There are thousands of ministers out there who no longer wish to be ministers. They no longer want to work in churches. … But they don’t know how to leave. They don’t have anywhere to go. They don’t know what to do. …
Some ministers become disillusioned with the business side of the church. Seminary was all theology and ideology. Then you arrive in the church of our culture and discover that the congregation is really looking for an entrepreneur, someone who can grow the congregation like a thriving business. …
[S]ome just lose faith altogether. Something about the message wears thin, and one day what used to sustain you is now just a bunch of words. Some wear out. Some burn out. Some get depressed for this reason or that. Really, anything that prevents you from being a gung-ho cheerleader for the cause on Sunday mornings is a problem.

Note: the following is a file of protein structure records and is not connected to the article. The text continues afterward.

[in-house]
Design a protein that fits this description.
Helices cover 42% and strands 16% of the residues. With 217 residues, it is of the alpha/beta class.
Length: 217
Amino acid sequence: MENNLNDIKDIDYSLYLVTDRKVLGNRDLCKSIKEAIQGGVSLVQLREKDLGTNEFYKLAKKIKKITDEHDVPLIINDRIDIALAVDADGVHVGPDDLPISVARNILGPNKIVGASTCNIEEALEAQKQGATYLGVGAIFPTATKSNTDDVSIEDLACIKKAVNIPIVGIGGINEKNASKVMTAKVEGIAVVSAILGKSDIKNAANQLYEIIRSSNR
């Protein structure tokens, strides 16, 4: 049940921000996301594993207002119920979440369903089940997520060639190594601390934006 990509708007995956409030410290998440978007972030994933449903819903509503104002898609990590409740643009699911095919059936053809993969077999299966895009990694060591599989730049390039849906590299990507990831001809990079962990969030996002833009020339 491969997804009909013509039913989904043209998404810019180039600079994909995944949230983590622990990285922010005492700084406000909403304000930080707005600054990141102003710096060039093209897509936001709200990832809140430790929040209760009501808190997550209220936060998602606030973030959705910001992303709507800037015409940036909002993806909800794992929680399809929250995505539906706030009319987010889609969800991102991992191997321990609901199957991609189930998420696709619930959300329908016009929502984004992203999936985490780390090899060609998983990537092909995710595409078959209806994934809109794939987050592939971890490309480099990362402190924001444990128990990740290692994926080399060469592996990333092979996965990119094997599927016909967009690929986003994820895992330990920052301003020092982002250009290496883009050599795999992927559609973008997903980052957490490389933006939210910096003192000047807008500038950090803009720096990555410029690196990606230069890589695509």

[T]he real question — the one we need to talk about — is how they cope if they can’t go anywhere. What if they have no other marketable skills, are approaching mid-life, are in debt like the rest of us, and just don’t have any good employment options. What then?
Good questions. I hope the answer involves a great resource like the Clergy Project, an organization for ex-clerics that caters to current and former religious professionals without supernatural beliefs.
It’s one thing to keep your job as a realtor for a few years while you figure out what your next move will be. It’s another thing to keep preaching the Word of God on Sunday mornings when you don’t want to be there anymore. The first is acceptable and even admirable. The second is hypocritical.
Fewer hypocrites. More people who cast off unhappiness and oppressive beliefs, and embrace freedom from all that. Sounds great to me.
(Image via PostSecret)